Cinemagoers seated early for “Five Nights at Freddy’s” are treated to a new kind of movie advertisement: one that tells viewers not to look at the screen.
The trailer, a theaters-only promo for Lionsgate and Blumhouse’s upcoming horror film “Imaginary,” begins with a child’s voice asking, “Hi, wanna play a game with me? Close your eyes and use your imagination.” As footsteps, door creaks and the unsettling chirr of children’s toys whirl across the theater’s 7.1 surround sound system, the “Imaginary” team is betting that what viewers conjure up in their minds will be just as scary as what the film could show.
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While the trailer is mostly a black screen, a few visuals flash across the screen as the young narrator invites viewers to open their eyes. Among them: a missing child poster, some demonic figures and what appears to be a door-filled funhouse.
But there’s also a practical reason for why the first look at “Imaginary” is so devoid of actual footage from the film. The same week Blumhouse debuted its fall horror hit “Five Nights at Freddy’s,” the prodco asked Lionsgate if it could whip up a preview spot for “Imaginary.” The Lionsgate team pitched the idea of an audio-centric teaser and, within 24 hours, it was ready to be shipped.
“Our distribution team moved heaven and Earth to put [the trailer] on screens in the same week,” Keri Moore, Lionsgate’s co-president of worldwide theatrical marketing, tells Variety. She adds: “Sometimes, constraint becomes the mother of invention.”
Time wasn’t the only restriction. According to Moore, Lionsgate had already been cooking up a trailer, with visual effects due to be delivered on Nov 1. With “Freddy’s” opening a few days before, on Oct. 27, the team behind “Imaginary” thought: “What could we do with the shots that we have, knowing what we can deliver? How do we create an experience for audiences that introduces the concept of that playful imaginary friend … and bring in the idea of, ‘This is real and this is scary.'”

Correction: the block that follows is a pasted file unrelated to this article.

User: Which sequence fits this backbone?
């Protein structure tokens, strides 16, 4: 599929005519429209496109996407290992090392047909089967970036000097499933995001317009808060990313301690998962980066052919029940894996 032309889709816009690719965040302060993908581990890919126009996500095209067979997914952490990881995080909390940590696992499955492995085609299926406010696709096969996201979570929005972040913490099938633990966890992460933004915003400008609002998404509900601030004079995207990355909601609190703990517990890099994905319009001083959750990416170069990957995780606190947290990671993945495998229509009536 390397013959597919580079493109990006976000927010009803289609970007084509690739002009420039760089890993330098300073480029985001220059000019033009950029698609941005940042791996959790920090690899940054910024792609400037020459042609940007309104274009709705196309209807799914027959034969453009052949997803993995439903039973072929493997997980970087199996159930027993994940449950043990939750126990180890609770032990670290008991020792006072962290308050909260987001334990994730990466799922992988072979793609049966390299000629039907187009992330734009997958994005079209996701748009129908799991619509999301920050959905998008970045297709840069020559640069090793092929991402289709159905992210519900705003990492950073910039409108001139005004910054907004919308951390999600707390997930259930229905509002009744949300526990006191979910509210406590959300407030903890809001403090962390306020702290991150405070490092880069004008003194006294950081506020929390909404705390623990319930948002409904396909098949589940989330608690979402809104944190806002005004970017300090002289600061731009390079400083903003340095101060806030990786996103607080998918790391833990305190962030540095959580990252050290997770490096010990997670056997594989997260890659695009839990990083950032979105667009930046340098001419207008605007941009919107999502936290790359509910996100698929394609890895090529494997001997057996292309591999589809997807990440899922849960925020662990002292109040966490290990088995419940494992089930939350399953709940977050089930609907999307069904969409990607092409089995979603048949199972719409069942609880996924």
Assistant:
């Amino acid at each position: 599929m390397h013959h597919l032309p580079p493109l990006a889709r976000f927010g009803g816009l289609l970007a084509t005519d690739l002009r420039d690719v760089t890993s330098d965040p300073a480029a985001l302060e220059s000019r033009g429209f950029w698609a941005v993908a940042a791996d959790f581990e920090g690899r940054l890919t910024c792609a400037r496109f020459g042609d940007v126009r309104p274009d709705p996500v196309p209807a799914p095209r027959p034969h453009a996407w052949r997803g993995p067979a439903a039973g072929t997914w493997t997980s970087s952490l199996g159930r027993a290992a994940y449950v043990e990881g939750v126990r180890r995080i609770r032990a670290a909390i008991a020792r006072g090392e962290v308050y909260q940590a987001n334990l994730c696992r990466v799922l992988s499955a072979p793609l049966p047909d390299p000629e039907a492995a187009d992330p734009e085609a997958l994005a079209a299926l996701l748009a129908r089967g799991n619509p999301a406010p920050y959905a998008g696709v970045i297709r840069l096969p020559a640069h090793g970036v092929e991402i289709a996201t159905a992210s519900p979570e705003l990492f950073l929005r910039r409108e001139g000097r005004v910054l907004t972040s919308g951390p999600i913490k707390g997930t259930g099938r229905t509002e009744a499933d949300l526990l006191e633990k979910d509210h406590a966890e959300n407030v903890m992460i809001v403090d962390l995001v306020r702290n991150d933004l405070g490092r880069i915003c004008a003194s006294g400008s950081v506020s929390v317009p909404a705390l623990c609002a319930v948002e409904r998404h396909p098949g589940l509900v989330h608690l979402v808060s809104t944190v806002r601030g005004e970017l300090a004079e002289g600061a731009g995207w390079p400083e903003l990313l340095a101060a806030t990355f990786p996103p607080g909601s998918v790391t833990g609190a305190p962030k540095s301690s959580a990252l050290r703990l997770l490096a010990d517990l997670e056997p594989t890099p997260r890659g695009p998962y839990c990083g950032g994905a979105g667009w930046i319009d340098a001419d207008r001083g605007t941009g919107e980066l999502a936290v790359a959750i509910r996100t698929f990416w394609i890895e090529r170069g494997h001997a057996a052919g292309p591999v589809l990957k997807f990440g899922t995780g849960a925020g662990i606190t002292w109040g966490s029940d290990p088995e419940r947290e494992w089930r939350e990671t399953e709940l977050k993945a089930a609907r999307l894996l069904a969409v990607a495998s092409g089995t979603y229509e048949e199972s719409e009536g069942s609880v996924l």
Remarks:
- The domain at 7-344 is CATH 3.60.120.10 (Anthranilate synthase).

While little has been revealed about “Imaginary,” directed by Jeff Wadlow, the movie adds a sinister layer to an age-old aspect of childhood.
“Something you see across cultures is that children have a unique access to the spirit world,” Moore says, teasing the premise of the film. “What if their imaginary friends are something from the spirit world? What if these imaginary friends were real, and what if when you left one of them, that made them upset?”
The demands of the trailer nicely complement the themes of “Imaginary.” Also, as a marketing ploy, it was quite effective in driving interest toward the movie. During “FNAF’s” opening weekend, the phrase “Imaginary movie” spiked to “maximum search interest” on Google, per the search engine’s trend data.
“Deploying an audio-only cue for an original horror film is very intriguing. The genre has a natural mystery about it when executed well, and the Blumhouse name automatically gets attention,” says Boxoffice Pro’s chief analyst Shawn Robbins, who saw the teaser in theaters. “It’s a great word-of-mouth starter piece, screening in front of a film that packed auditoriums with audiences who may be in ‘Imaginary’s’ wheelhouse.”
Says Jason Blum, “Fans are truly enjoying everything about the ‘Imaginary’ trailer and that’s what’s most important to Blumhouse, capturing the imagination of our audience.”
But the first glimpse of “Imaginary” is limited to those who go to the movie theater.
“We never considered putting it online,” says Moore. “This was always an in-theater piece, and we’ll come back with an online piece that is more structured and designed to reach an audience wherever they’re consuming content, whether it’s on their phone or on their laptop or in a theater. You want to create opportunities to reward theatricality and moviegoers, and to surprise and delight, and this was was a nice chance to do that.”
Yet, those who stayed at home and caught “Five Nights at Freddy’s” on Peacock can rest assured: A fuller look at “Imaginary” will be released soon, as Moore hints that a more traditional trailer setting the stakes of the film will arrive in the next month or so.
Until then, you’ll have to use your imagination.
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